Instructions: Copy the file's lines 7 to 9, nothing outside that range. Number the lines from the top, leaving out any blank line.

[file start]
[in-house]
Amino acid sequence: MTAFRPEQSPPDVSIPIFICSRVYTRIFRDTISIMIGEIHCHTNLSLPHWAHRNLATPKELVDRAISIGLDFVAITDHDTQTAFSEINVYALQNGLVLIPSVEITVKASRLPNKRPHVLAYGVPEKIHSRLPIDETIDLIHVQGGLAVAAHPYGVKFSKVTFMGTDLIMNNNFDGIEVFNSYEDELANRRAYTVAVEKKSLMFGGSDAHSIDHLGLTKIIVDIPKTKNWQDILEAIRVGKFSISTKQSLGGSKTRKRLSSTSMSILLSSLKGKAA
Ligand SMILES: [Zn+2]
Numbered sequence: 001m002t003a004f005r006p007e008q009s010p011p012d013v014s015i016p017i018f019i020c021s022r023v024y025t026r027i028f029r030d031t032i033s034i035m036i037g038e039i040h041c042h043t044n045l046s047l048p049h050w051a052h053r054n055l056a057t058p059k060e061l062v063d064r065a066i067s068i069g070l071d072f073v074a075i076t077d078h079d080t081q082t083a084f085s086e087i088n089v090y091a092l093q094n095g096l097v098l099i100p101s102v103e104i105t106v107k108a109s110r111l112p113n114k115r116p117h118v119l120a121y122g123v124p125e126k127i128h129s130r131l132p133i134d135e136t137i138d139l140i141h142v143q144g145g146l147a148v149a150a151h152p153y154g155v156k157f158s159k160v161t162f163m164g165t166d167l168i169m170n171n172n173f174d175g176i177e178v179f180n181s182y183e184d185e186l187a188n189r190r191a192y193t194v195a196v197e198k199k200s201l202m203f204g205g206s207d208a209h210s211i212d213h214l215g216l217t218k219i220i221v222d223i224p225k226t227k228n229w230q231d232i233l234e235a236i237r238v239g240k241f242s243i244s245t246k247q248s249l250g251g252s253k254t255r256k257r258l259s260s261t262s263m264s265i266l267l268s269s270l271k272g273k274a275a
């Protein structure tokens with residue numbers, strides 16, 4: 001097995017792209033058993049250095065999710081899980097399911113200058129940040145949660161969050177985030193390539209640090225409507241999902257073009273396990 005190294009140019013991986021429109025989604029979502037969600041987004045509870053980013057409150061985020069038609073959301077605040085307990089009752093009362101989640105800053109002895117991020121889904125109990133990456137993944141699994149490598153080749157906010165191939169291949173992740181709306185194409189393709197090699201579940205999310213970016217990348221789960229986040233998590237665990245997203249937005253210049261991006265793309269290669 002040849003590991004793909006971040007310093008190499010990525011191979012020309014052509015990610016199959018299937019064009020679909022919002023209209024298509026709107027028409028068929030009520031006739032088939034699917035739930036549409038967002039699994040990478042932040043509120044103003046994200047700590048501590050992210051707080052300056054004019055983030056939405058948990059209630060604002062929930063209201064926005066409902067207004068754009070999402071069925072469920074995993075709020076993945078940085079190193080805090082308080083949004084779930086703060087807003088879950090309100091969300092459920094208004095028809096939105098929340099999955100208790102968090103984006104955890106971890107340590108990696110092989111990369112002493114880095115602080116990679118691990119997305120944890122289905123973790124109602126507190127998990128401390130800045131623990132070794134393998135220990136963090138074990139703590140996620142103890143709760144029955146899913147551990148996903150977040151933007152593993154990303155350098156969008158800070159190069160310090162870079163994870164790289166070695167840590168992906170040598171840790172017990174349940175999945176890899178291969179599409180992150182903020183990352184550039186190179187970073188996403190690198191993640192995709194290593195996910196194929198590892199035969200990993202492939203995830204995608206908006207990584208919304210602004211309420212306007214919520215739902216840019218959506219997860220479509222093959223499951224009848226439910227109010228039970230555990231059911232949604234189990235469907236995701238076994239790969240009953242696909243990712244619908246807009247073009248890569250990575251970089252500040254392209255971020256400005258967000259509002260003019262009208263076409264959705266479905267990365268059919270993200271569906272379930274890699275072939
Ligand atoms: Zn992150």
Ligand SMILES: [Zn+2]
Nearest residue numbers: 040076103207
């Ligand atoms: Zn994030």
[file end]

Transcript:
Ligand SMILES: [Zn+2]
Nearest residue numbers: 040076103207
């Ligand atoms: Zn994030």